History ArtificialStupidity / FightingGames

26th Jun '17 9:28:28 AM Gimere
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* In the computer fighting game ''BigBangBeat: 1st Impression'', you have an energy meter which depletes as you attack, and disables most of your attacks when it drops low enough. You can recharge this meter using the classic SNK "stand still and hold down a button" method: However, you have to HOLD the button to charge. The computer, which IS limited by this bar as well, tends to TAP the button, meaning they charge with at best a tenth of the speed you do, and most of the time fail to charge at all. Thus, you can usually win any fight by turtling until the opponent's bar runs out, and then bashing him to pieces as he futilely tries to recharge.
* ''[[WWESmackdown WWE SmackDown! vs. RAW]]'':

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* In the computer fighting game ''BigBangBeat: 1st Impression'', you have an energy meter which depletes as you attack, and disables most of your attacks when it drops low enough. You can recharge this meter using the classic SNK "stand still and hold down a button" method: However, you have to HOLD the button to charge. method. The computer, which IS is also limited by this bar as well, bar, tends to TAP ''tap'' the button, meaning they charge with at best a tenth of the speed you do, and most of the time fail to charge at all. Thus, you can usually win any fight by turtling until the opponent's bar runs out, and then bashing him to pieces as he futilely tries to recharge.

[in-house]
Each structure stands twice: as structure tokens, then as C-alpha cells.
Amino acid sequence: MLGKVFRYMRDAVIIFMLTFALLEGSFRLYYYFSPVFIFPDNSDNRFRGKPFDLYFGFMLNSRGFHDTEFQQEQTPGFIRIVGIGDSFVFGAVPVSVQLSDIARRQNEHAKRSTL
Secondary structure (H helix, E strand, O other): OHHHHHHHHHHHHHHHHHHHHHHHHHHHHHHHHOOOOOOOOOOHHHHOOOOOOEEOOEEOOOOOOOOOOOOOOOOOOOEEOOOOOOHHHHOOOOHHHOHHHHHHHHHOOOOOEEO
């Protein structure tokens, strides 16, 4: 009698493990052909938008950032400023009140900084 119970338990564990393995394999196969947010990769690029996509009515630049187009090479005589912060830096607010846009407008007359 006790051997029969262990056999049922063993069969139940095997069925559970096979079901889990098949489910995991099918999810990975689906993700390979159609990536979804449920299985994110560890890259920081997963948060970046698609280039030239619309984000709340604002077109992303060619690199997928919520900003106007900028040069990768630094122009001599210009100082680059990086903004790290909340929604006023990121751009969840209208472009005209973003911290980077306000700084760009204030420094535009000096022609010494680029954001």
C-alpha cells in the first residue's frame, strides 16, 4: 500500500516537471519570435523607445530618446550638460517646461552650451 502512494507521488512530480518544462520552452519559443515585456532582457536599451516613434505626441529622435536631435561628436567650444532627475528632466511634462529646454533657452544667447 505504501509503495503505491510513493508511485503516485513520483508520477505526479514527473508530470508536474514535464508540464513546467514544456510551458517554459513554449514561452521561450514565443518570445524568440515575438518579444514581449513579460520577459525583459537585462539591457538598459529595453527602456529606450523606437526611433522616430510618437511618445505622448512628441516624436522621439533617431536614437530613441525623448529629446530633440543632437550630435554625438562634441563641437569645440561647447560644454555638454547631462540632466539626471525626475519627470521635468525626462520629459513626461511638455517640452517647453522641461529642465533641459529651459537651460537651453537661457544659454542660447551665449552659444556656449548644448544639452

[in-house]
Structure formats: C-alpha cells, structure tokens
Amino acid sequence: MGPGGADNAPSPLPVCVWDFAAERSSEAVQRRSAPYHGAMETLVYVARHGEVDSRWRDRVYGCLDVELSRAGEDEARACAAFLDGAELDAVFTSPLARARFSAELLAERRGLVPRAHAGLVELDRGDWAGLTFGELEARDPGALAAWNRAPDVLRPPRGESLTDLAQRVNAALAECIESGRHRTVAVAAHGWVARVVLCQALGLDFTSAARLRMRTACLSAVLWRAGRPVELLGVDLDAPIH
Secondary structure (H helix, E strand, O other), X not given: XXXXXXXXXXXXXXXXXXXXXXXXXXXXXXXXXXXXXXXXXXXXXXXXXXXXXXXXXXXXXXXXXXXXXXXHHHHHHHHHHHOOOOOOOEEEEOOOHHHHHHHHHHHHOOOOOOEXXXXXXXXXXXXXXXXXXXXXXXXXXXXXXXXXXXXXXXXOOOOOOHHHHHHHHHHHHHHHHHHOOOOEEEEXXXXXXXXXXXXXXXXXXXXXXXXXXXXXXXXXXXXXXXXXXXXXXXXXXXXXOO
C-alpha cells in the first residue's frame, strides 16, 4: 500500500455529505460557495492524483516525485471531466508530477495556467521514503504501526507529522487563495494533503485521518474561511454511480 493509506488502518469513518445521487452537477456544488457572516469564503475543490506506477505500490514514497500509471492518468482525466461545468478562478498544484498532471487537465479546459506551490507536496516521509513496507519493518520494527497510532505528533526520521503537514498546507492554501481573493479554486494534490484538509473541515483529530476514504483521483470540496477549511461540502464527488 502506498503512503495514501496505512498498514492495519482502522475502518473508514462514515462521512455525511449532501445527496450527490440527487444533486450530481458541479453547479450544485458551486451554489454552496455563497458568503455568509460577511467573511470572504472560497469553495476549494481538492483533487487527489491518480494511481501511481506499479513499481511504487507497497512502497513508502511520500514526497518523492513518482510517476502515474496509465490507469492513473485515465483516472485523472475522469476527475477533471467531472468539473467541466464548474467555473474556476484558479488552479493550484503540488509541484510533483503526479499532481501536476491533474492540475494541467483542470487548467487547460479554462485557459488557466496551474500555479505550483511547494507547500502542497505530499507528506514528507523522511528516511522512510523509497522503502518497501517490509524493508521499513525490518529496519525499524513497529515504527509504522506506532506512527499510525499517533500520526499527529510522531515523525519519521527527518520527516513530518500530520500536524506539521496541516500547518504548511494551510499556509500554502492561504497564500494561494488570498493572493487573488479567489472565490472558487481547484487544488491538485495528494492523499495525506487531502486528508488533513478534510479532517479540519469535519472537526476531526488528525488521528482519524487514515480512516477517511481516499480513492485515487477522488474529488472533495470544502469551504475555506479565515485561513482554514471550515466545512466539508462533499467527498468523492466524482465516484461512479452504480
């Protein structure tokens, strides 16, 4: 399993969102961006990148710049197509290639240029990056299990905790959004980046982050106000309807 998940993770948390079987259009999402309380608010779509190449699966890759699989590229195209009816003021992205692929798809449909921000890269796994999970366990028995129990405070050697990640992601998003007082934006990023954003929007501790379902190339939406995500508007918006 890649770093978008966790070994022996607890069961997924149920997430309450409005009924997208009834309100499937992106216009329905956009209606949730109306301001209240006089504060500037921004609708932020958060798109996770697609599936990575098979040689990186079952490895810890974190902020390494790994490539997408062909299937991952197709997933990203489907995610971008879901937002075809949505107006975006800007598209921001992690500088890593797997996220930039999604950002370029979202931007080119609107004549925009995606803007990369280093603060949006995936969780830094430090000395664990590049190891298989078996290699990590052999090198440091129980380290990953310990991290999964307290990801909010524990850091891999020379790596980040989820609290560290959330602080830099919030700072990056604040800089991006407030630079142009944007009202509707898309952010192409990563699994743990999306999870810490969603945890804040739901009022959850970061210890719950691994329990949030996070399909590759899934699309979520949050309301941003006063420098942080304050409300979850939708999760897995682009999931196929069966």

* ''[[WWESmackdown WWE SmackDown! vs. RAW]]'':Wrestling/WWEVideoGames:



* ''[[Videogame/WWERaw WWE Raw 2]]'' on the Xbox combined this with ObviousBeta. In almost every match, the AI would attempt to pin your character the first chance it got. As in, it would do a grapple to get you on the ground then attempt a pin 4 seconds into the match. Whilst this is occasionally TruthInTelevision, what would happen next is not. The player would mash the buttons to break the pin, and then before they could recover, the AI would attempt to pin them again. And again. And again. It was not uncommon to see matches reach the 20 minute time limit and end in a draw simply because the player was stuck in a cycle of infinite pin attempts.

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* ''[[Videogame/WWERaw WWE ** ''WWE Raw 2]]'' 2'' on the Xbox combined this with ObviousBeta. In almost every match, the AI would attempt to pin your character the first chance it got. As in, it would do a grapple to get you on the ground then attempt a pin 4 seconds into the match. Whilst this is occasionally TruthInTelevision, what would happen next is not. The player would mash the buttons to break the pin, and then before they could recover, the AI would attempt to pin them again. And again. And again. It was not uncommon to see matches reach the 20 minute time limit and end in a draw simply because the player was stuck in a cycle of infinite pin attempts.